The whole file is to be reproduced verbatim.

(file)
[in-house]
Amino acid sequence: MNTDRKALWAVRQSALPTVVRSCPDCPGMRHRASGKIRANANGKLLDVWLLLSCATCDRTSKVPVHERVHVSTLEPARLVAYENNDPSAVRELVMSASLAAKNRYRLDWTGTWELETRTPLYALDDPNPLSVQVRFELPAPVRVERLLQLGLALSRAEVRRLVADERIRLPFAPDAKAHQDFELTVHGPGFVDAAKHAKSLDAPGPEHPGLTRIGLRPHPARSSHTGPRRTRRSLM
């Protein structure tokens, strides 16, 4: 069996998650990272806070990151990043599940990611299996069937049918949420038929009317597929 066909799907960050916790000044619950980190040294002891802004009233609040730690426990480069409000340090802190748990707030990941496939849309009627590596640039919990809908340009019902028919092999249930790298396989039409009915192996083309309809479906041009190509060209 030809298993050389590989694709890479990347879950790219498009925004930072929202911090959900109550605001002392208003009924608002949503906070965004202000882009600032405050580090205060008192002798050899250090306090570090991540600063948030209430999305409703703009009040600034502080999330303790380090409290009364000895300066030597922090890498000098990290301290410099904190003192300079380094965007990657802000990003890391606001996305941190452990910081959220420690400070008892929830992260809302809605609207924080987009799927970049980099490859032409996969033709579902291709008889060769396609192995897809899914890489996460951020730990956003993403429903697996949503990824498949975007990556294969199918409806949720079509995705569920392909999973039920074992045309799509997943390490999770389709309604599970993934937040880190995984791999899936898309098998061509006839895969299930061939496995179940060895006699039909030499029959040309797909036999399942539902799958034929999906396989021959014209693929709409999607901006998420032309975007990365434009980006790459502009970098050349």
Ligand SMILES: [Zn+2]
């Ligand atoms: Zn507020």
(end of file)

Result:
[in-house]
Amino acid sequence: MNTDRKALWAVRQSALPTVVRSCPDCPGMRHRASGKIRANANGKLLDVWLLLSCATCDRTSKVPVHERVHVSTLEPARLVAYENNDPSAVRELVMSASLAAKNRYRLDWTGTWELETRTPLYALDDPNPLSVQVRFELPAPVRVERLLQLGLALSRAEVRRLVADERIRLPFAPDAKAHQDFELTVHGPGFVDAAKHAKSLDAPGPEHPGLTRIGLRPHPARSSHTGPRRTRRSLM
């Protein structure tokens, strides 16, 4: 069996998650990272806070990151990043599940990611299996069937049918949420038929009317597929 066909799907960050916790000044619950980190040294002891802004009233609040730690426990480069409000340090802190748990707030990941496939849309009627590596640039919990809908340009019902028919092999249930790298396989039409009915192996083309309809479906041009190509060209 030809298993050389590989694709890479990347879950790219498009925004930072929202911090959900109550605001002392208003009924608002949503906070965004202000882009600032405050580090205060008192002798050899250090306090570090991540600063948030209430999305409703703009009040600034502080999330303790380090409290009364000895300066030597922090890498000098990290301290410099904190003192300079380094965007990657802000990003890391606001996305941190452990910081959220420690400070008892929830992260809302809605609207924080987009799927970049980099490859032409996969033709579902291709008889060769396609192995897809899914890489996460951020730990956003993403429903697996949503990824498949975007990556294969199918409806949720079509995705569920392909999973039920074992045309799509997943390490999770389709309604599970993934937040880190995984791999899936898309098998061509006839895969299930061939496995179940060895006699039909030499029959040309797909036999399942539902799958034929999906396989021959014209693929709409999607901006998420032309975007990365434009980006790459502009970098050349």
Ligand SMILES: [Zn+2]
């Ligand atoms: Zn507020």